Various factors affect nutrient intake of the elderly. Among these are the loss of teeth and the weakening support of the jaw bone due, probably, to dietary vitamin D deficiency and low calcium: phosphorus ratio, resulting in chewing difficulties. The next is neuromuscular in-coordination that makes handling of cutleries embarrassingly difficult and forces the elderly to make considerable dietary changes which more often than not result in reduced nutritional value of the diet. Other factors are physiological and involve diminished sense of taste and smell due, probably, to zinc deficiency, and loss of appetite due to loneliness, anxiety and unhappiness. In addition, feeding habits cultivated in childhood and adolescence, affect food choice in middle and old age. These food preferences are difficult to break, especially if they are associated with pleasant memories. Economic constraints that dictate the type of food products some elderly subjects purchase influence their nutrient intake. For the well-to-do there is no problem; but for the less well-off the tendency is to budget in favour of low-cost foods which will satisfy their hunger and energy needs. In other words, they purchase cereal-based products instead of the more expensive items, such as, meat, fruit and fresh vegetables which are better sources of protein, vitamins and minerals.

There are standards set for nutrient needs of the elderly. According to the Expert Consultation of Food and Agriculture Organization/World Health Organization/United Nations University 1985, healthy elderly people have a mean daily protein requirement if 0.6 to 0.75g/kg body weight, values equal to, or more than those for young adults. Tabulated values are available for all the other nutrients.

How does diet influence the course of diseases that afflict old age? These diseases include cardiovascular disorders, atherosclerosis, osteoporosis, diabetes, obesity and cancer. Since it is well known that diet can influence the course of these diseases, the effect of nutrition on natural ageing becomes apparent. A selection of these diseases will now be discussed.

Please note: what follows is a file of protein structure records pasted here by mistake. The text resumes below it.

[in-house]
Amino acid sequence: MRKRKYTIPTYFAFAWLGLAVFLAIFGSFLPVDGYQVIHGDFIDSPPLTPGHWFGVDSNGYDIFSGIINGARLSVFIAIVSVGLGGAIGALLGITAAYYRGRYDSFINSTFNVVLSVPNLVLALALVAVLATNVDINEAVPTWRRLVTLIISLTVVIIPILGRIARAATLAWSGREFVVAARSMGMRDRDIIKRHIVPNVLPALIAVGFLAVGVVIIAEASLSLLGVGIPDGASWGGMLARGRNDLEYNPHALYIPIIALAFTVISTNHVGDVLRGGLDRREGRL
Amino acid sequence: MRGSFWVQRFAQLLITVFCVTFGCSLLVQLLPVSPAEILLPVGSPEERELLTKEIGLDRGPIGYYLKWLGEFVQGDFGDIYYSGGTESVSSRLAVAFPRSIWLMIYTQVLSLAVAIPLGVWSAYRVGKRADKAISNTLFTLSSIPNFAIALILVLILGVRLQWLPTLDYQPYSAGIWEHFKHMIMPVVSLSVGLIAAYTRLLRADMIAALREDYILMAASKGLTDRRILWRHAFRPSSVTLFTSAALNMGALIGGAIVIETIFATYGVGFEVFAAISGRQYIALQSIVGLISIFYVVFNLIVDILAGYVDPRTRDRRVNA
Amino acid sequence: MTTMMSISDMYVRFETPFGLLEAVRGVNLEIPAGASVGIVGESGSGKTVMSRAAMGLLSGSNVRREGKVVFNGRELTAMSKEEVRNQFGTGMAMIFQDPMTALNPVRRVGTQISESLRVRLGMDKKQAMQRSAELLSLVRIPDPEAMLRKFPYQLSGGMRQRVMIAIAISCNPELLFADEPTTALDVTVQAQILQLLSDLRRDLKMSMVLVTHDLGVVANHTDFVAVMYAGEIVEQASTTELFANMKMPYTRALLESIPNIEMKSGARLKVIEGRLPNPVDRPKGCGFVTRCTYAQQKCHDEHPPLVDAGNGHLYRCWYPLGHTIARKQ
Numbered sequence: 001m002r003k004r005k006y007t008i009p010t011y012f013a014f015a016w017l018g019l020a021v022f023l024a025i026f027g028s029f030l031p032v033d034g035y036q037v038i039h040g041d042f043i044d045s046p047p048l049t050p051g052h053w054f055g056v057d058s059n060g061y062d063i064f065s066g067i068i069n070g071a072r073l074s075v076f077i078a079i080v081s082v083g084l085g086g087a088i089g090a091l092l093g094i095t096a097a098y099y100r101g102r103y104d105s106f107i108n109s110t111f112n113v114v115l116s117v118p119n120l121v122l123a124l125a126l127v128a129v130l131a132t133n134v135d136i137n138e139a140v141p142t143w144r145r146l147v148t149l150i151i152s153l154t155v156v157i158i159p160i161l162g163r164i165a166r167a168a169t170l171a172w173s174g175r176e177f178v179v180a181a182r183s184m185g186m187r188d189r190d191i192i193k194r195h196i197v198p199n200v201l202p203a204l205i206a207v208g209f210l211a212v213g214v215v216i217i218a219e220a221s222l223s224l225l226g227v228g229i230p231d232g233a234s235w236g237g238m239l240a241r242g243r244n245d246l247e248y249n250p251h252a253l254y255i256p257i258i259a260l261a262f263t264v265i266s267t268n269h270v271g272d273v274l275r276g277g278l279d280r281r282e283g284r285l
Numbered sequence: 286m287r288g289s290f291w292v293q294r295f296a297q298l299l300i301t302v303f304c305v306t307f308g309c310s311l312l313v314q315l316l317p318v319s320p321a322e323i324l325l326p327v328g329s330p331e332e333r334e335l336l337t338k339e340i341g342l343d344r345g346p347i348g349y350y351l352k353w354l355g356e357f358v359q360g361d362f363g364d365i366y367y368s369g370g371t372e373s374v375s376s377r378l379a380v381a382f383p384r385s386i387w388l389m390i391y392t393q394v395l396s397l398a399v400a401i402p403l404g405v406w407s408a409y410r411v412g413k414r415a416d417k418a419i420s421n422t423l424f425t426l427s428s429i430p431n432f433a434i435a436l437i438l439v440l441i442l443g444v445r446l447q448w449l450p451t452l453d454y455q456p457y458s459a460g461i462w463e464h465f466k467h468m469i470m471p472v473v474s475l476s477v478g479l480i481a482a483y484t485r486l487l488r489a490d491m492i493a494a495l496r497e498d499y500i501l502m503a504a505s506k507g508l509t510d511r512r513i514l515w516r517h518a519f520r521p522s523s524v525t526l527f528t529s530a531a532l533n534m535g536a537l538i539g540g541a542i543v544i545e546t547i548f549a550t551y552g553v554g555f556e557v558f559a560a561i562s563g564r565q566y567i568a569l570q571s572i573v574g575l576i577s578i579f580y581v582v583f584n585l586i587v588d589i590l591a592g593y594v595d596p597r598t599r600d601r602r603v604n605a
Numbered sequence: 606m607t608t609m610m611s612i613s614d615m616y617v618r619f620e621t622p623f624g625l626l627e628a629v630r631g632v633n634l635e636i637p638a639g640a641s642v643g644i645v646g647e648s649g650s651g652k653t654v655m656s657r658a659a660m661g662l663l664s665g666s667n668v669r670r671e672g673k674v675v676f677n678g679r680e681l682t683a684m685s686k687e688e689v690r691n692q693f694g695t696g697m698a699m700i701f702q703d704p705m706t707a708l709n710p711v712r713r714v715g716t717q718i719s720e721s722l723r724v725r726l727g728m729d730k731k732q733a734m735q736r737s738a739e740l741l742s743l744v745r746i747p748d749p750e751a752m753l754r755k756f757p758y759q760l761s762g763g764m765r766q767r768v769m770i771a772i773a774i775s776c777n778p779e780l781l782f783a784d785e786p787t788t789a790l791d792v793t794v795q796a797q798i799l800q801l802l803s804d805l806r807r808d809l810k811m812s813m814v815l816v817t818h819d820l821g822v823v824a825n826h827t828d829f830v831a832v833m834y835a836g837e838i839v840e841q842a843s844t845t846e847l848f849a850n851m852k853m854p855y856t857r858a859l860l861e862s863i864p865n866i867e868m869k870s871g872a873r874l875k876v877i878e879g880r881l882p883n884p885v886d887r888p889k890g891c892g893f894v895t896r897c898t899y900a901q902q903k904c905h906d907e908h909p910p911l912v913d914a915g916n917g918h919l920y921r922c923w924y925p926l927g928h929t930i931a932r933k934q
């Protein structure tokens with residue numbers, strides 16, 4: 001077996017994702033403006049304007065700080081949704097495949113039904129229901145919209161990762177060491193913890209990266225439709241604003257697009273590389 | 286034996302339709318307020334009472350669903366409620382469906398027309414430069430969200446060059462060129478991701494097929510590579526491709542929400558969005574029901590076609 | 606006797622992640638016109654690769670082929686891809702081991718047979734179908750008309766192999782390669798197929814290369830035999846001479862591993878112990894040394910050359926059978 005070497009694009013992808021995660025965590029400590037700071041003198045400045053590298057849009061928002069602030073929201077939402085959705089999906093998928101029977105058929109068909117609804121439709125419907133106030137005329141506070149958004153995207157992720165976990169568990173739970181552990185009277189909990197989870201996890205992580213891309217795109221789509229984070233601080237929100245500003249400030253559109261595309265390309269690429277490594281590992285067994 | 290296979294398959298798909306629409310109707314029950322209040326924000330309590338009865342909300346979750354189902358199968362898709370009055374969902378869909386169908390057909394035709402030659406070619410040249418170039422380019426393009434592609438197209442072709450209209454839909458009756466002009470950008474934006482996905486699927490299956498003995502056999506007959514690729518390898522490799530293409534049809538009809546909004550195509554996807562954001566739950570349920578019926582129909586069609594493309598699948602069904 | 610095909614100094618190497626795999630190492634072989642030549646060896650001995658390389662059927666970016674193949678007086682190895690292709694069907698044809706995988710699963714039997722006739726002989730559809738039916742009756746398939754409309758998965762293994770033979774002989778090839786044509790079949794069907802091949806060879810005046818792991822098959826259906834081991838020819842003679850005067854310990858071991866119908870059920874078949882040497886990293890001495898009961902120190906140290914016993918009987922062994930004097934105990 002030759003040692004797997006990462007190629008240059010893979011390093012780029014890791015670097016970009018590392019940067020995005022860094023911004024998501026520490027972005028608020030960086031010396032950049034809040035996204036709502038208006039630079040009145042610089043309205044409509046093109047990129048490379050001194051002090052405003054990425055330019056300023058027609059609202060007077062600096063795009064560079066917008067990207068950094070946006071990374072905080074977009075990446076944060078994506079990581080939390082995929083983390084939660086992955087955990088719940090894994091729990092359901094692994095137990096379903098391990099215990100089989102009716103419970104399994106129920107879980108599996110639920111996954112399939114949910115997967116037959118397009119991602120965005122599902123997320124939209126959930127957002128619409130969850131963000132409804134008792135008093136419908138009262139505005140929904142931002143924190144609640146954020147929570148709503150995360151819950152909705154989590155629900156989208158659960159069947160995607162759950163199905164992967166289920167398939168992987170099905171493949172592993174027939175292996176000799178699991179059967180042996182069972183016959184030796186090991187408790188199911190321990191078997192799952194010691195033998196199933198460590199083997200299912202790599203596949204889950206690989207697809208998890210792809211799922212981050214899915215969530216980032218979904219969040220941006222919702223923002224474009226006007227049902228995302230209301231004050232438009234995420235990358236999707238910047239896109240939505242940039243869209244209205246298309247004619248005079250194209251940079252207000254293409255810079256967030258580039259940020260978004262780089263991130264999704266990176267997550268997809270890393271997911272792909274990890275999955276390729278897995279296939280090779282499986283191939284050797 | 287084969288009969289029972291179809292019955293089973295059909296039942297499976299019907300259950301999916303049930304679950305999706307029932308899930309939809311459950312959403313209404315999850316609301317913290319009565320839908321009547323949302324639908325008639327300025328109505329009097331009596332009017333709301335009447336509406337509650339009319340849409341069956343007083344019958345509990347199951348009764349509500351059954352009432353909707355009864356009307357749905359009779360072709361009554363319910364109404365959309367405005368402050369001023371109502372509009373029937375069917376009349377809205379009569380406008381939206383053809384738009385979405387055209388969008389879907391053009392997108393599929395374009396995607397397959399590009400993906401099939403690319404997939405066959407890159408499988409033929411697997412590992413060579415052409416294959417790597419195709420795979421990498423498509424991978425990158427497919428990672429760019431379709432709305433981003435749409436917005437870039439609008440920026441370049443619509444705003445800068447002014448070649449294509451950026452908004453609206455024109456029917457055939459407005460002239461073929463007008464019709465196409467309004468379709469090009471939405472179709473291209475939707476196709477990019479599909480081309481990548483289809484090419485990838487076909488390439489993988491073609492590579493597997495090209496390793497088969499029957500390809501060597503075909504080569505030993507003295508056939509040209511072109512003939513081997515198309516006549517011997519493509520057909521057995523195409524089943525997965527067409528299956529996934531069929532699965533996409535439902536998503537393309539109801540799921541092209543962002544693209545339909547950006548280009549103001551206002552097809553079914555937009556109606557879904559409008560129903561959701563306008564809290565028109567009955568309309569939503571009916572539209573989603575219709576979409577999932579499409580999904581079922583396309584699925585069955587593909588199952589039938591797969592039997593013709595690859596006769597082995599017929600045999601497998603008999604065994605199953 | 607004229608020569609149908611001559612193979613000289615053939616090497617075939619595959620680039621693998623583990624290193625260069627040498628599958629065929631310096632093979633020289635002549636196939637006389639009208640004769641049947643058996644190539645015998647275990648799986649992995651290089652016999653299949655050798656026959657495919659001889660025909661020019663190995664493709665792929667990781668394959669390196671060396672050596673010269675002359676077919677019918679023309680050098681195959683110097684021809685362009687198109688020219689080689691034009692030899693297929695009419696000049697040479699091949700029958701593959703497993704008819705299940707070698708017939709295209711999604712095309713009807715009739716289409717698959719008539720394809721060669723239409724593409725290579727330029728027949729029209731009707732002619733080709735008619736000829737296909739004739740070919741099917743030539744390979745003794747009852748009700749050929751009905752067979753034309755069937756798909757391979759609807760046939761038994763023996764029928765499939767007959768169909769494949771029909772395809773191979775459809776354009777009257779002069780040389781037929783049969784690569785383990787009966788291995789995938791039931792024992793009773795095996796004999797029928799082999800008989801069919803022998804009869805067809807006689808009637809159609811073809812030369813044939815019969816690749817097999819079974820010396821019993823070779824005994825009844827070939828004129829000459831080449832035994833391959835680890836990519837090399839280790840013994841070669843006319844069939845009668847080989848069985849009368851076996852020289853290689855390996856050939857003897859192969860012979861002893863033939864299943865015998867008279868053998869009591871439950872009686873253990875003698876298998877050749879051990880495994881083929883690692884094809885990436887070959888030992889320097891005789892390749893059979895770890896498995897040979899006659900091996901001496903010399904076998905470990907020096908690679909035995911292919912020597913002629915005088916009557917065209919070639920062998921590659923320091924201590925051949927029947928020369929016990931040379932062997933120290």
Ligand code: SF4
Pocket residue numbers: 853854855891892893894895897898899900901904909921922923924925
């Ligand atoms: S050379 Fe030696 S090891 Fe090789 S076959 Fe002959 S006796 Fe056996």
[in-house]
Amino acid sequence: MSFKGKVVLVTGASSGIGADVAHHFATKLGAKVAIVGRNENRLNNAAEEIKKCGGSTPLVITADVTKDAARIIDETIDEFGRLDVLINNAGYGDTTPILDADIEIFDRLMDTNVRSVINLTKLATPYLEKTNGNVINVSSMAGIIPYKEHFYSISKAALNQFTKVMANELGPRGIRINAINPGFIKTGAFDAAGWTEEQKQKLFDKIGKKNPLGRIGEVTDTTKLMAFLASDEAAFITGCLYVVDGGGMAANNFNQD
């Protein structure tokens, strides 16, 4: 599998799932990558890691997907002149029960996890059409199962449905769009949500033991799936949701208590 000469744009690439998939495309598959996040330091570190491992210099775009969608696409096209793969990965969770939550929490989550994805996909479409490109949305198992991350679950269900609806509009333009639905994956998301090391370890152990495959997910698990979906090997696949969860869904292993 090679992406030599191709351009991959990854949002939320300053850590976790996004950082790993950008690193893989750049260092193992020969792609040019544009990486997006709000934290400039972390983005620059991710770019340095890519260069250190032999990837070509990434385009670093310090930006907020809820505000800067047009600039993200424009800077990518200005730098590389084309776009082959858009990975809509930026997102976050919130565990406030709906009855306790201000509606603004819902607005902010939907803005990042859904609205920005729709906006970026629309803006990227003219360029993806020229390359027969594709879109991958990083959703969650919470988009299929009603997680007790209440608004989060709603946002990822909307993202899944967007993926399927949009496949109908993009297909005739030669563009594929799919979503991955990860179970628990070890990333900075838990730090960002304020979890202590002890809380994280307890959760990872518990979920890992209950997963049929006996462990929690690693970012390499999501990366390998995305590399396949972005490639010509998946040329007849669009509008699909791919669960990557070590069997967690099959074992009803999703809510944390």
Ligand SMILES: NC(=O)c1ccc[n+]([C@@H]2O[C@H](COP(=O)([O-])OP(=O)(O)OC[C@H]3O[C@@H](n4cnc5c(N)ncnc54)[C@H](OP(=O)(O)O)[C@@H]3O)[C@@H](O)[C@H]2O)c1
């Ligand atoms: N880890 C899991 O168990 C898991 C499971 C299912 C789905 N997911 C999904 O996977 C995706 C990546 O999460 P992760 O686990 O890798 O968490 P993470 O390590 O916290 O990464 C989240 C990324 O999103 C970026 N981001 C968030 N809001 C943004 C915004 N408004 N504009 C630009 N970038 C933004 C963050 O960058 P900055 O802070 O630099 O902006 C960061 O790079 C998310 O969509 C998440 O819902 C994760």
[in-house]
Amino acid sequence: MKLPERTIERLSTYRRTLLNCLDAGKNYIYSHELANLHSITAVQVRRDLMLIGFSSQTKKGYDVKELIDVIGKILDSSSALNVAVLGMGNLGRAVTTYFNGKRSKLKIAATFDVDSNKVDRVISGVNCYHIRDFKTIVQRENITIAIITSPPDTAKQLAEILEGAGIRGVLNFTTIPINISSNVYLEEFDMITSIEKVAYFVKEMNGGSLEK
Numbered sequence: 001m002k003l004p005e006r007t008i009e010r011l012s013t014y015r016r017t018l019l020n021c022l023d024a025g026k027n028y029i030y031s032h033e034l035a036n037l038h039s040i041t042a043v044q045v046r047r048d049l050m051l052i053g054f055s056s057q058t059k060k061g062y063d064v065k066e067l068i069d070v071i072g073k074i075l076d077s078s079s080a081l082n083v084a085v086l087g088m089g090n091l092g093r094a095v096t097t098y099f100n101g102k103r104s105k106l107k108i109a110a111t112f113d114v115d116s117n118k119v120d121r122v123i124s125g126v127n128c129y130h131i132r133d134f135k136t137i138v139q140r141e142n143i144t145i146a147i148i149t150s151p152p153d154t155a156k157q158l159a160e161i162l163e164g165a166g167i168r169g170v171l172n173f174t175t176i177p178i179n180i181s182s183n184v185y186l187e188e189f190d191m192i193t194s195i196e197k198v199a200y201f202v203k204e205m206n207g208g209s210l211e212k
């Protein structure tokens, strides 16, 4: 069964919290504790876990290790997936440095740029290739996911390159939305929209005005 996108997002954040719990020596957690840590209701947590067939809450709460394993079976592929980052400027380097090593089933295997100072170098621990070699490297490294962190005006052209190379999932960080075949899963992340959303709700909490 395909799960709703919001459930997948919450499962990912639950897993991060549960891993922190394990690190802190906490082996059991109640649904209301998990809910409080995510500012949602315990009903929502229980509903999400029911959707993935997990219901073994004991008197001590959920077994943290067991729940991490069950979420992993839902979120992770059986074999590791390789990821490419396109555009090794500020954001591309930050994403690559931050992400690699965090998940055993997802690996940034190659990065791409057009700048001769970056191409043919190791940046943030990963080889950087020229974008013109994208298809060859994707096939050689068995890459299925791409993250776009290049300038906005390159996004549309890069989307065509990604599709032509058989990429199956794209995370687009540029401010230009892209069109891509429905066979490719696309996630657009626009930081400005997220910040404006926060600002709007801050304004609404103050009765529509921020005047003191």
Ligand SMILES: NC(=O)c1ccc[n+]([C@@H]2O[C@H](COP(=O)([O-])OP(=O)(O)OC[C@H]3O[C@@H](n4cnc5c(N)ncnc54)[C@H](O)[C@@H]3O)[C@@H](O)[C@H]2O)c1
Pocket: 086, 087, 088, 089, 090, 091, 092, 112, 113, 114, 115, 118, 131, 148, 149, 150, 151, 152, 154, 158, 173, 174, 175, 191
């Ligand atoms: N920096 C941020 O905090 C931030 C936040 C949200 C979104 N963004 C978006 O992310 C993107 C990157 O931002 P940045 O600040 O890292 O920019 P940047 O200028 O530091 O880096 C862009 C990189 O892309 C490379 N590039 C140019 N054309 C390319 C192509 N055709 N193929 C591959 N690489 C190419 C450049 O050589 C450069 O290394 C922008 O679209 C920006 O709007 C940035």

As age increases, ability to utilise glucose is gradually impaired. Reports from national public health surveys have confirmed that death rate from diabetes mellitus progressively increases with age. Population studies suggest that diet or specific dietary nutrients can be of critical importance in the frequency of occurrence of diabetes. For example, studies on laboratory animals indicated that caproic acid and some of the amino acids derived from it, such as, norleucine, leucine, methionine, glutamine and norvaline when added to the diet, favourably influenced their blood glucose concentration.

Obesity is associated with, and complicates the course of, diabetes and other degenerative ageing-associated diseases. The rate of body fat accumulation is generally associated with the level of energy expenditure and retention. Tests on chickens have shown that manipulation of dietary composition, especially the proportion of protein to other nutrients can be used to control body fat content. In mammals the situation is not as simple, and in humans small changes in food intake have not produced the expected clear-cut alterations in body weight and fat content. It is believed that the percentage of fat and of fatty acids in the diet is crucially important in the development of obesity.

Cardiovascular Diseases
Substantial evidence exists to suggest that human diets high in butter fat and coconut oil, and whole egg tend to increase blood cholesterol, and that populations with blood cholesterol values have high incidence of coronary diseases. The relation between diet and hypertension is still not quite clearly defined. High intake of table salt has been associated with high blood pressure. Increased potassium intake seems to affect blood pressure favourably. Some studies have indicated that people in soft water areas have a higher death rate from cardiovascular diseases, compared to the general population. But there is no unanimity on this. However, it is safer to assume that the trace element content of the water may, to a certain extent, affect the health records of those drinking it.

There is a growing body of knowledge to suggest that gastrointestinal cancer is related to diet. Examples are neoplastic diseases of the colon and their relation to crude fibre content of the diet. Nitrosamine associated with bacon, preserved meat and other products are potential carcinogens. Similarly, some polyunsaturated fatty acids, especially when heated, can cause various types of cancer. Residues of pesticides, and some chemicals added to food during processing, as well as anti-nutritional substances inherent in the food are possible carcinogens.

How does society help to improve the nutritional state of the elderly? Concern about the low nutritional state among the elderly, brought about by social, economic or emotional conditions, has resulted in responsible community and private groups providing residential houses, meals-on-wheels and food delivery services for them. For the elderly who live at home alone, regular visits by staffs, home assistants and relatives are commendable. It is known that people with low appetite, caused by loneliness or depression, do enjoy eating out in the company of relatives and friends. Companionship and caring go a long way to improving the dietary intake as well as the quality of life of the elderly.